Does Your Child Suffer From “Affluenza” or Entitlement?

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You have probably heard the story of Ethan Couch.  If you haven’t he is the teen from Fort Worth, Texas that killed four people in a drunk driving accident and used the defense of having suffered from “affluenza”.  Essentially, his defense was that his parents were wealthy and never set boundaries with him and he didn’t know right from wrong.  There has been much controversy over his defense and whether or not his punishment or lack of was fair.  My intent is not to get into the controversy over the judge’s ruling or whether or not the ruling was fair or just.  Obviously, this is a tragedy and the victim’s families are hurting. The point of this article is to discuss this idea of “Affluenza” and regardless if I think this is a valid defense I believe this is a real issue.

From this point further I would like to call “Affluenza” what it really is. It is a sense of entitlement and entitlement is a real issue among children, adolescents, and young adults today and you don’t have to be stinking rich to have a sense of entitlement in today’s society. The definition of entitlement according to Webster’s Dictionary is as follows:

The condition of having a right to have, do or get something.  The feeling or belief that you deserve to be given something (such as special privileges).  A type of financial help provided by the government for members of a particular group.

Doesn’t this sound like many of today’s youth?  Times have changed.  My father, the oldest of ten recounts how at the age of 18-years-old he was kicked out of his parent’s home and sent on his way.  The message was we have met our obligations as parents, have raised you and now you’re on your own.  Today’s parents typically pay for college, pay for living costs way beyond the age of 18, and continue to provide support until their children are able to do so on their own.  Well, this may be fine for those children who are doing well, but for those children who are making poor choices; including using drugs and alcohol this is a combination for disaster.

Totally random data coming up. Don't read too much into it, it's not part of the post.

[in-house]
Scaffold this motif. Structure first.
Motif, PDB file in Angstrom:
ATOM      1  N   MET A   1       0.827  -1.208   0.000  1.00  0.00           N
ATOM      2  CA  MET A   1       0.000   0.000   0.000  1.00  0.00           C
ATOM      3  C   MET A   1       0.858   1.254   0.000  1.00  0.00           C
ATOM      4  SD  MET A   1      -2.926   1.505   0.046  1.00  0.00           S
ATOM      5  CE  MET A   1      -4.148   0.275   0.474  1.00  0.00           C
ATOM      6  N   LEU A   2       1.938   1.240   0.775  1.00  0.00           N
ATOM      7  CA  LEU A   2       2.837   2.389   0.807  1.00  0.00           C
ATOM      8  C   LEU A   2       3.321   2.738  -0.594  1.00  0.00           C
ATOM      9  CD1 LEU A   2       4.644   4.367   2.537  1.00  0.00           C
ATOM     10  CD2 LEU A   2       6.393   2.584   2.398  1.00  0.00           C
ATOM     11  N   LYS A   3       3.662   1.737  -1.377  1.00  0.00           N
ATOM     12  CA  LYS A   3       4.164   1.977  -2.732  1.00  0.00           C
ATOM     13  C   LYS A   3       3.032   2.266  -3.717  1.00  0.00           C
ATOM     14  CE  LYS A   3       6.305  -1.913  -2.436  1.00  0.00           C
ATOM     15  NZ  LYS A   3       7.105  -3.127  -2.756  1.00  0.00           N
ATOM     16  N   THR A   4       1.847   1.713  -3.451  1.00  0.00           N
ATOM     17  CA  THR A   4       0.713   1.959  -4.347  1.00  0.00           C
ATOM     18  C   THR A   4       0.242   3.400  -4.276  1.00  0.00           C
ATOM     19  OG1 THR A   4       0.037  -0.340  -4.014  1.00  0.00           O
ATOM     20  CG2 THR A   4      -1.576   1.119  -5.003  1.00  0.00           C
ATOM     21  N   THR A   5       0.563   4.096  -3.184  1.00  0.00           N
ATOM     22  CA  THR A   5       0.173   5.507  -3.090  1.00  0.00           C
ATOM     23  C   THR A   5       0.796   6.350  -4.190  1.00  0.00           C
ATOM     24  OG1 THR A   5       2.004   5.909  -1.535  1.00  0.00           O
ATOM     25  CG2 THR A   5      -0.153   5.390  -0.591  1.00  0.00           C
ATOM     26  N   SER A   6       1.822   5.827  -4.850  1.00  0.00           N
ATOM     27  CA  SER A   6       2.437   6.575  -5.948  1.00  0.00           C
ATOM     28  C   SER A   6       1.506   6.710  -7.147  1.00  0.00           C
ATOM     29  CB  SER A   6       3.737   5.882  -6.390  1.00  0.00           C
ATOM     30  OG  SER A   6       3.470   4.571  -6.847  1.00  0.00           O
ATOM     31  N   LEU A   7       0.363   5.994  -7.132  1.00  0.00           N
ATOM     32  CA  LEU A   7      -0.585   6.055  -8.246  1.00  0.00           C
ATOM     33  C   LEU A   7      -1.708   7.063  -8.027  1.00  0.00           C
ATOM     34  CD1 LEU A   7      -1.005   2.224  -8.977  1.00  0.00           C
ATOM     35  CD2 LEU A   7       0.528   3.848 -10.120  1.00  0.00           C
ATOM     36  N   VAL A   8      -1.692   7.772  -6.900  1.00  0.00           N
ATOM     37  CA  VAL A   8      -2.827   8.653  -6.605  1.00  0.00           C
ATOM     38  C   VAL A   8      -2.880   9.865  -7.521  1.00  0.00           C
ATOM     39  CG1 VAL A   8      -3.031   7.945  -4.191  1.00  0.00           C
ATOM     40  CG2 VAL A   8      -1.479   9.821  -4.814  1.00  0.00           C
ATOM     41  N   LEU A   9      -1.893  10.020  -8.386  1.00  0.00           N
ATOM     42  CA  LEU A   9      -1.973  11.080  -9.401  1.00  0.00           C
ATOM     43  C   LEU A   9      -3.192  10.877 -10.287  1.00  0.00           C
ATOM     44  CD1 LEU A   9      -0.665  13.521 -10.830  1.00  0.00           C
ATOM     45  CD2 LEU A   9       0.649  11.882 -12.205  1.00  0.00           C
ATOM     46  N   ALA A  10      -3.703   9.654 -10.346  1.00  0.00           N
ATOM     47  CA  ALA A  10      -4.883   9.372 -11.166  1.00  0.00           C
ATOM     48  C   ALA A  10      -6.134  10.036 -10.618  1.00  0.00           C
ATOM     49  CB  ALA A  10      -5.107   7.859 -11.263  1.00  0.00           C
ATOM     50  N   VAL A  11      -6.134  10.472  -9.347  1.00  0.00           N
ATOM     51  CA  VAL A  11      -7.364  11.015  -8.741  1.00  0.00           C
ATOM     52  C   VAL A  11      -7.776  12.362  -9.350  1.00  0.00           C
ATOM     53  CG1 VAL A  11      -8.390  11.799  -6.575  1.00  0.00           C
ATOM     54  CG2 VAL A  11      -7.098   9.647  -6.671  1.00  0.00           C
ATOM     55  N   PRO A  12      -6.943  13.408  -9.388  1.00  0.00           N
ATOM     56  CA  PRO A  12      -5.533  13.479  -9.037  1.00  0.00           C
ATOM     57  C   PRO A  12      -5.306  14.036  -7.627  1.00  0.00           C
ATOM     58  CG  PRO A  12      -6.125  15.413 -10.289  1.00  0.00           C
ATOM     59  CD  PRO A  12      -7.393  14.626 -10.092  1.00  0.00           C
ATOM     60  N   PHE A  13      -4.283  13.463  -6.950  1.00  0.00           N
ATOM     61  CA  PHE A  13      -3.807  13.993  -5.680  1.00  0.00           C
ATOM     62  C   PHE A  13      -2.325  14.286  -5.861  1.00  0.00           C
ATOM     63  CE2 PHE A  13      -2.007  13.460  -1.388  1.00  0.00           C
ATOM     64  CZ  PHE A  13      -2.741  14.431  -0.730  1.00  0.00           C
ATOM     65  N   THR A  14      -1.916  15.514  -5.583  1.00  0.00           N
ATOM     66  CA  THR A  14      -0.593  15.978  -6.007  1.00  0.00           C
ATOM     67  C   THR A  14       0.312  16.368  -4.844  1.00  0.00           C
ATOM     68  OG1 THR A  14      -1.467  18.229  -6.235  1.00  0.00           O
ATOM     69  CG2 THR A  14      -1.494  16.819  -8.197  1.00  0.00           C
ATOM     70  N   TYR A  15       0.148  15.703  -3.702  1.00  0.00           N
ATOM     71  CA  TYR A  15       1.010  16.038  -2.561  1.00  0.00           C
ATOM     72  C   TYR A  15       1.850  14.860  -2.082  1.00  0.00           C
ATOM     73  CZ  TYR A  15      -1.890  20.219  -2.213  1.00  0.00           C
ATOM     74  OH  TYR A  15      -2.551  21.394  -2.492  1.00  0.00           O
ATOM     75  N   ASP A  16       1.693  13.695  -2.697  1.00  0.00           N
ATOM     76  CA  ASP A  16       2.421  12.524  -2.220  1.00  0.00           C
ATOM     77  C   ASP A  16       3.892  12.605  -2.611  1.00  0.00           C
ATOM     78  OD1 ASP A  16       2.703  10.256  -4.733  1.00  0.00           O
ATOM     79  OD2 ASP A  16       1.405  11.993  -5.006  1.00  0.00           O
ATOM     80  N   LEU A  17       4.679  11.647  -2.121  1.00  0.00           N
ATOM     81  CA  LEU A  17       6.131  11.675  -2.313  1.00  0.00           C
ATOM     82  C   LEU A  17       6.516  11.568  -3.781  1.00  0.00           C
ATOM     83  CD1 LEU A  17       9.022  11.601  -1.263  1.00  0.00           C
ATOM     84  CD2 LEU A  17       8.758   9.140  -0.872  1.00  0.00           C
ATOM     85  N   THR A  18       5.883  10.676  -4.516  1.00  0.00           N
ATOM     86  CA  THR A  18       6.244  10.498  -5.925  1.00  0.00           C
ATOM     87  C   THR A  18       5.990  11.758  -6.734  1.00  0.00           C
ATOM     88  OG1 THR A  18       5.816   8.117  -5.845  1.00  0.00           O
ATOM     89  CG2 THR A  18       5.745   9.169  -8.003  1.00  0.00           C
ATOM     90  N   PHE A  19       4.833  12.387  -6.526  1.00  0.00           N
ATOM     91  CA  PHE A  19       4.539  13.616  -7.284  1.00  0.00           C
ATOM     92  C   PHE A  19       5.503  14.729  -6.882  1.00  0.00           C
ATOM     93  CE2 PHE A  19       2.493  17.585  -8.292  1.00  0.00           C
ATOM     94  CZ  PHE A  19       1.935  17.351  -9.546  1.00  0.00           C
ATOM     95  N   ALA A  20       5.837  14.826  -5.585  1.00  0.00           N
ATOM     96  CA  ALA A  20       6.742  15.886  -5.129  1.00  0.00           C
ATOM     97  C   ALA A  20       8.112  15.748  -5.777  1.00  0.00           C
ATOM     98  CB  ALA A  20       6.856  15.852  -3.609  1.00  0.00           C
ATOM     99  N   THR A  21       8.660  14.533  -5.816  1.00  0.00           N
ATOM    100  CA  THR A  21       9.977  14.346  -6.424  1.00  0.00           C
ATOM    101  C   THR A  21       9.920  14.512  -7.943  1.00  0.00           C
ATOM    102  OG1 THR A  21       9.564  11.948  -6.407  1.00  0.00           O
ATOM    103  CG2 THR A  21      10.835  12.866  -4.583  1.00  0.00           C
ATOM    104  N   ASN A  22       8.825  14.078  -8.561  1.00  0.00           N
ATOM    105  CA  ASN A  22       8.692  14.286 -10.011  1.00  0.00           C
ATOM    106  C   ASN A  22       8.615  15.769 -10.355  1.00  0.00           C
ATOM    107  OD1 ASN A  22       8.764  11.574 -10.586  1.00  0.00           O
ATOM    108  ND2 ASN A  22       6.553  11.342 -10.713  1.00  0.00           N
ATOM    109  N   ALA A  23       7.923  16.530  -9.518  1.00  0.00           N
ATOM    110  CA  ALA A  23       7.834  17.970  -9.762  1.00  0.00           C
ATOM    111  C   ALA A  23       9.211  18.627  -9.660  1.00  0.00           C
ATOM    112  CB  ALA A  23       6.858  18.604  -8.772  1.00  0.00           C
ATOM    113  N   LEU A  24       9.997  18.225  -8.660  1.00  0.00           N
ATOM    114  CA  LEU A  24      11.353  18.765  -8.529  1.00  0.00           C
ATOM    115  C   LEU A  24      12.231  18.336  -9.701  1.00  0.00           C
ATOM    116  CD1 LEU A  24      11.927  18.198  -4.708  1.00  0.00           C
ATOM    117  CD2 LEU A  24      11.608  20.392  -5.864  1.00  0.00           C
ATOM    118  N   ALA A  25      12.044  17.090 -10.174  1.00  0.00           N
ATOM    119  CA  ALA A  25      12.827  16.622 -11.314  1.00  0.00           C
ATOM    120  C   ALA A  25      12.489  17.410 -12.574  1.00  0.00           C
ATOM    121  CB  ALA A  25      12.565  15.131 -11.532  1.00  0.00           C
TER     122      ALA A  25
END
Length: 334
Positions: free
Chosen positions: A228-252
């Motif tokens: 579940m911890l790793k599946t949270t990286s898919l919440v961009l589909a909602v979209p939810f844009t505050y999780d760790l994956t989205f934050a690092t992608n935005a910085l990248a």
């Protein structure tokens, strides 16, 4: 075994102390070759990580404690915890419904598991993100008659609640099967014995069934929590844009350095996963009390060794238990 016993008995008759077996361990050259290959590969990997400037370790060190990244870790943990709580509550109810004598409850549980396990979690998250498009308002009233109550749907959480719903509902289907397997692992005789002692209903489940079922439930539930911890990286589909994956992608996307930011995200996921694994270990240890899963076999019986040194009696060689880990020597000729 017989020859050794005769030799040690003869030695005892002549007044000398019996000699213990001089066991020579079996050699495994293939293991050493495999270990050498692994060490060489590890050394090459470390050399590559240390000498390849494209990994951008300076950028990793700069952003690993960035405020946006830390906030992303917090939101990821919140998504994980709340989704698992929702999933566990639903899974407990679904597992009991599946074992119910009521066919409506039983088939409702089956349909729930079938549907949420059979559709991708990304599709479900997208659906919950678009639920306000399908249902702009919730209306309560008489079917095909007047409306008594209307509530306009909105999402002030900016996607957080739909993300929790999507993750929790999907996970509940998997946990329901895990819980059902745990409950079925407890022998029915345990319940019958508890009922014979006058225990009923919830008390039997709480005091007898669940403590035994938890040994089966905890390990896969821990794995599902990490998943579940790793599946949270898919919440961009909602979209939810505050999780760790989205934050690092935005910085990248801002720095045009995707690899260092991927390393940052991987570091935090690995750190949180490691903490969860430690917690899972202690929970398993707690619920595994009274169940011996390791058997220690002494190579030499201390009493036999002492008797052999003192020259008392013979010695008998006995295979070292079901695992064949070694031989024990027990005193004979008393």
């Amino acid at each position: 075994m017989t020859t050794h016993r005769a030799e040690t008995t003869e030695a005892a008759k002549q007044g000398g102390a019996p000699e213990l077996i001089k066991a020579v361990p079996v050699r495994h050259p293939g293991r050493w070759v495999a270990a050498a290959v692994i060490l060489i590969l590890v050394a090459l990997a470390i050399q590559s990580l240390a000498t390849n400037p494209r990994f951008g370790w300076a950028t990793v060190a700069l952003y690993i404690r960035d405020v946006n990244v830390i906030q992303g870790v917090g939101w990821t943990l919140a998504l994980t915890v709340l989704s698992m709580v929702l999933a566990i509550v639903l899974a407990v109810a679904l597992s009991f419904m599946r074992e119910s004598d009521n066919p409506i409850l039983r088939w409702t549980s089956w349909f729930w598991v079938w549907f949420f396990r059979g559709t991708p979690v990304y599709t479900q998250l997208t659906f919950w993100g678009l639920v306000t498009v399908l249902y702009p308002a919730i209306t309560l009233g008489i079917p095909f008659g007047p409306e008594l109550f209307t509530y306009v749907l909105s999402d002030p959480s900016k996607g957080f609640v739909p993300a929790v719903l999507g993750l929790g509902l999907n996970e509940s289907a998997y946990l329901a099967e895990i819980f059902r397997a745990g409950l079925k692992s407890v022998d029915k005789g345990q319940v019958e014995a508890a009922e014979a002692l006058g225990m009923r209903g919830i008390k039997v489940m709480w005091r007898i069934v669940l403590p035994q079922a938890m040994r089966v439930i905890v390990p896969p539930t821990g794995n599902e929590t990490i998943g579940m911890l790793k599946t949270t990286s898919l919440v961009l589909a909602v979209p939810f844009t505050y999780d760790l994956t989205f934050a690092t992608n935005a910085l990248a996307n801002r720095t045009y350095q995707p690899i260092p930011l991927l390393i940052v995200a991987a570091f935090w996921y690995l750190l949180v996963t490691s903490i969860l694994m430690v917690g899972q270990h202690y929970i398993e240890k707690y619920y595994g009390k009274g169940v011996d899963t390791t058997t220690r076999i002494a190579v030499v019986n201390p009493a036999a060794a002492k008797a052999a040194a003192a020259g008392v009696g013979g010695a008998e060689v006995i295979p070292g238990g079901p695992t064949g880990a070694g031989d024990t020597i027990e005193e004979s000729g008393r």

There is an alcoholics anonymous saying that says “an addict or alcoholic won’t stop using until they are stopped” in other words until they hit their bottom (which for some may be very low) or the family essentially stops them with an intervention or by stopping all support or enabling.  Unfortunately, in today’s society it is too common for us to bail our kids out, in fact it is even expected.  We do it out of love.  We do it out of concern.  We do it because we ultimately want them to have the best life possible.  We think we are protecting them.

For example, we may protect our children from the impact of negative legal consequences by hiring a lawyer so they won’t have a bad record that keeps them from that job they are going to get when they finally grow up and get it together.  We pay their rent to avoid eviction because we don’t want them to suffer and be uncomfortable.  Our child, homeless?  Never!  We fight the teacher about the bad grade because the homework was unfair or the expectations too high.  We don’t want our child to miss out on getting into the best college because of a bad grade.  We call into their work for them because we don’t want them to lose their “good” job working at the restaurant.  We pay their bills for them so they don’t get that late payment and have a bad credit score for that future house we are hoping they will buy.  Oh and this entitlement or enabling (helping our children to avoid consequences) doesn’t just stop at the financial.